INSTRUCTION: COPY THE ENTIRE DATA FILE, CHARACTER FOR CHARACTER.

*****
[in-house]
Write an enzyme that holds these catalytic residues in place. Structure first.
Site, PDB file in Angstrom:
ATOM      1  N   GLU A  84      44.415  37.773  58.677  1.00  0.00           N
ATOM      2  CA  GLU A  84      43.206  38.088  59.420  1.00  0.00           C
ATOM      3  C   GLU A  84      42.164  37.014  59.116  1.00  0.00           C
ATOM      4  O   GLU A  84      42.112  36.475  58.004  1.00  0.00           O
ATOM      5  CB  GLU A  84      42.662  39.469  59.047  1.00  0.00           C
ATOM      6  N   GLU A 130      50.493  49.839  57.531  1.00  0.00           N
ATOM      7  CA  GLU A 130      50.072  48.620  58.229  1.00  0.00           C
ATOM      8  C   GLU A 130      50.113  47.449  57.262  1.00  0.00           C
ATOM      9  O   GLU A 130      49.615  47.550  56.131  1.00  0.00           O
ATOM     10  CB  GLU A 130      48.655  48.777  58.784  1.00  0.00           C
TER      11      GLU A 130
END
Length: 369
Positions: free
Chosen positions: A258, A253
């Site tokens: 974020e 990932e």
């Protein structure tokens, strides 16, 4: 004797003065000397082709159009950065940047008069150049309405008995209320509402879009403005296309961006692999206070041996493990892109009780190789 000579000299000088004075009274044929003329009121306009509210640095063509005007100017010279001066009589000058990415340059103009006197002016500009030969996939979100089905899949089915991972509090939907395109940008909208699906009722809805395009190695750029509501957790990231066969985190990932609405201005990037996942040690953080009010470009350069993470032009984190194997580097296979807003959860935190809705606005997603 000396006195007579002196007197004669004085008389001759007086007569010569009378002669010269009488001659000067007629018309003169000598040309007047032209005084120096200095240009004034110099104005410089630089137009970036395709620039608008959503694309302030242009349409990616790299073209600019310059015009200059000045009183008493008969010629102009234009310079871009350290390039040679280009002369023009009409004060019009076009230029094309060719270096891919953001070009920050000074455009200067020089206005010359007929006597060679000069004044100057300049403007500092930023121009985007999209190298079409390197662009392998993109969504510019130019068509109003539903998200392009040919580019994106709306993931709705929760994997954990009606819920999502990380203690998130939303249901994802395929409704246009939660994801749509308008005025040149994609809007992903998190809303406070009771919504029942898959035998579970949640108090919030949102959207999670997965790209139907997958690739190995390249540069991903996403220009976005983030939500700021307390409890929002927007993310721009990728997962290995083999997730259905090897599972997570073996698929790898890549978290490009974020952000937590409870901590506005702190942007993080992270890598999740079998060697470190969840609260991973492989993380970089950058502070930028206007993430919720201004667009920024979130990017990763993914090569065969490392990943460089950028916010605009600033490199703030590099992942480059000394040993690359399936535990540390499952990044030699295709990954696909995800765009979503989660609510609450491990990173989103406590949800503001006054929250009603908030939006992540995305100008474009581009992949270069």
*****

[in-house]
Write an enzyme that holds these catalytic residues in place. Structure first.
Site, PDB file in Angstrom:
ATOM      1  N   GLU A  84      44.415  37.773  58.677  1.00  0.00           N
ATOM      2  CA  GLU A  84      43.206  38.088  59.420  1.00  0.00           C
ATOM      3  C   GLU A  84      42.164  37.014  59.116  1.00  0.00           C
ATOM      4  O   GLU A  84      42.112  36.475  58.004  1.00  0.00           O
ATOM      5  CB  GLU A  84      42.662  39.469  59.047  1.00  0.00           C
ATOM      6  N   GLU A 130      50.493  49.839  57.531  1.00  0.00           N
ATOM      7  CA  GLU A 130      50.072  48.620  58.229  1.00  0.00           C
ATOM      8  C   GLU A 130      50.113  47.449  57.262  1.00  0.00           C
ATOM      9  O   GLU A 130      49.615  47.550  56.131  1.00  0.00           O
ATOM     10  CB  GLU A 130      48.655  48.777  58.784  1.00  0.00           C
TER      11      GLU A 130
END
Length: 369
Positions: free
Chosen positions: A258, A253
């Site tokens: 974020e 990932e």
């Protein structure tokens, strides 16, 4: 004797003065000397082709159009950065940047008069150049309405008995209320509402879009403005296309961006692999206070041996493990892109009780190789 000579000299000088004075009274044929003329009121306009509210640095063509005007100017010279001066009589000058990415340059103009006197002016500009030969996939979100089905899949089915991972509090939907395109940008909208699906009722809805395009190695750029509501957790990231066969985190990932609405201005990037996942040690953080009010470009350069993470032009984190194997580097296979807003959860935190809705606005997603 000396006195007579002196007197004669004085008389001759007086007569010569009378002669010269009488001659000067007629018309003169000598040309007047032209005084120096200095240009004034110099104005410089630089137009970036395709620039608008959503694309302030242009349409990616790299073209600019310059015009200059000045009183008493008969010629102009234009310079871009350290390039040679280009002369023009009409004060019009076009230029094309060719270096891919953001070009920050000074455009200067020089206005010359007929006597060679000069004044100057300049403007500092930023121009985007999209190298079409390197662009392998993109969504510019130019068509109003539903998200392009040919580019994106709306993931709705929760994997954990009606819920999502990380203690998130939303249901994802395929409704246009939660994801749509308008005025040149994609809007992903998190809303406070009771919504029942898959035998579970949640108090919030949102959207999670997965790209139907997958690739190995390249540069991903996403220009976005983030939500700021307390409890929002927007993310721009990728997962290995083999997730259905090897599972997570073996698929790898890549978290490009974020952000937590409870901590506005702190942007993080992270890598999740079998060697470190969840609260991973492989993380970089950058502070930028206007993430919720201004667009920024979130990017990763993914090569065969490392990943460089950028916010605009600033490199703030590099992942480059000394040993690359399936535990540390499952990044030699295709990954696909995800765009979503989660609510609450491990990173989103406590949800503001006054929250009603908030939006992540995305100008474009581009992949270069």